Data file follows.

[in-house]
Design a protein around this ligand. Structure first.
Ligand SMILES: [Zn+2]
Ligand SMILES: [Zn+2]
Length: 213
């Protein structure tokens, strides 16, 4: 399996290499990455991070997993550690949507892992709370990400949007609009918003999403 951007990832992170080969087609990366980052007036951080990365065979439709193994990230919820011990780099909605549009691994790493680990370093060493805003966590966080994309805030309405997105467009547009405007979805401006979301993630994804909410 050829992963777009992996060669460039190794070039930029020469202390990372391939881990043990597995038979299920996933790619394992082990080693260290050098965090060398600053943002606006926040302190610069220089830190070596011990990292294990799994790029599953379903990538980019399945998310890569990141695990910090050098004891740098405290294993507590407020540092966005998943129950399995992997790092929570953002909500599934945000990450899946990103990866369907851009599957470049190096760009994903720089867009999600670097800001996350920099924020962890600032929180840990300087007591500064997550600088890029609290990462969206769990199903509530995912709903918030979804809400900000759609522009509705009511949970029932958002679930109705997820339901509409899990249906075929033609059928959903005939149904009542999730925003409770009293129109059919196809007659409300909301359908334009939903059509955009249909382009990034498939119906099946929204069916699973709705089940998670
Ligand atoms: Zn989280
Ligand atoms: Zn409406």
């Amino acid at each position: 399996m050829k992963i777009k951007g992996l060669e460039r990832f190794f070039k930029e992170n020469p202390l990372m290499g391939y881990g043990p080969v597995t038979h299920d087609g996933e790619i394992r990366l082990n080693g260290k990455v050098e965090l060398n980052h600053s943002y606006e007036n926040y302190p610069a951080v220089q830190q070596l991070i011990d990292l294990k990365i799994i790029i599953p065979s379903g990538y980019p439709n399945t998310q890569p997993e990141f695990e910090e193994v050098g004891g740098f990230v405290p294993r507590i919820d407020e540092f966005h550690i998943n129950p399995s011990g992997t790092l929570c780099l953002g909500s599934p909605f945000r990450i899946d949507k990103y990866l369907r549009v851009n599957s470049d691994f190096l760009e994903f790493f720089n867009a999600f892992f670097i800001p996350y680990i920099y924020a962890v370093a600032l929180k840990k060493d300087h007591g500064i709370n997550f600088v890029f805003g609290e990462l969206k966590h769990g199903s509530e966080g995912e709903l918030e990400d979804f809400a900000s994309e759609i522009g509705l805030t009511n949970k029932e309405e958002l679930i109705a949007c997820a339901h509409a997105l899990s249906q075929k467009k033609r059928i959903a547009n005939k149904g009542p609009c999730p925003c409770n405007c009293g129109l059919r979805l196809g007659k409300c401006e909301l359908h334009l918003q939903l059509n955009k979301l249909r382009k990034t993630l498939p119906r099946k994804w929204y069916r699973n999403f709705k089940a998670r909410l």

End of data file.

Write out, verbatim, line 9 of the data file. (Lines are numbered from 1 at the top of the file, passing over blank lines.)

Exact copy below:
């Amino acid at each position: 399996m050829k992963i777009k951007g992996l060669e460039r990832f190794f070039k930029e992170n020469p202390l990372m290499g391939y881990g043990p080969v597995t038979h299920d087609g996933e790619i394992r990366l082990n080693g260290k990455v050098e965090l060398n980052h600053s943002y606006e007036n926040y302190p610069a951080v220089q830190q070596l991070i011990d990292l294990k990365i799994i790029i599953p065979s379903g990538y980019p439709n399945t998310q890569p997993e990141f695990e910090e193994v050098g004891g740098f990230v405290p294993r507590i919820d407020e540092f966005h550690i998943n129950p399995s011990g992997t790092l929570c780099l953002g909500s599934p909605f945000r990450i899946d949507k990103y990866l369907r549009v851009n599957s470049d691994f190096l760009e994903f790493f720089n867009a999600f892992f670097i800001p996350y680990i920099y924020a962890v370093a600032l929180k840990k060493d300087h007591g500064i709370n997550f600088v890029f805003g609290e990462l969206k966590h769990g199903s509530e966080g995912e709903l918030e990400d979804f809400a900000s994309e759609i522009g509705l805030t009511n949970k029932e309405e958002l679930i109705a949007c997820a339901h509409a997105l899990s249906q075929k467009k033609r059928i959903a547009n005939k149904g009542p609009c999730p925003c409770n405007c009293g129109l059919r979805l196809g007659k409300c401006e909301l359908h334009l918003q939903l059509n955009k979301l249909r382009k990034t993630l498939p119906r099946k994804w929204y069916r699973n999403f709705k089940a998670r909410l």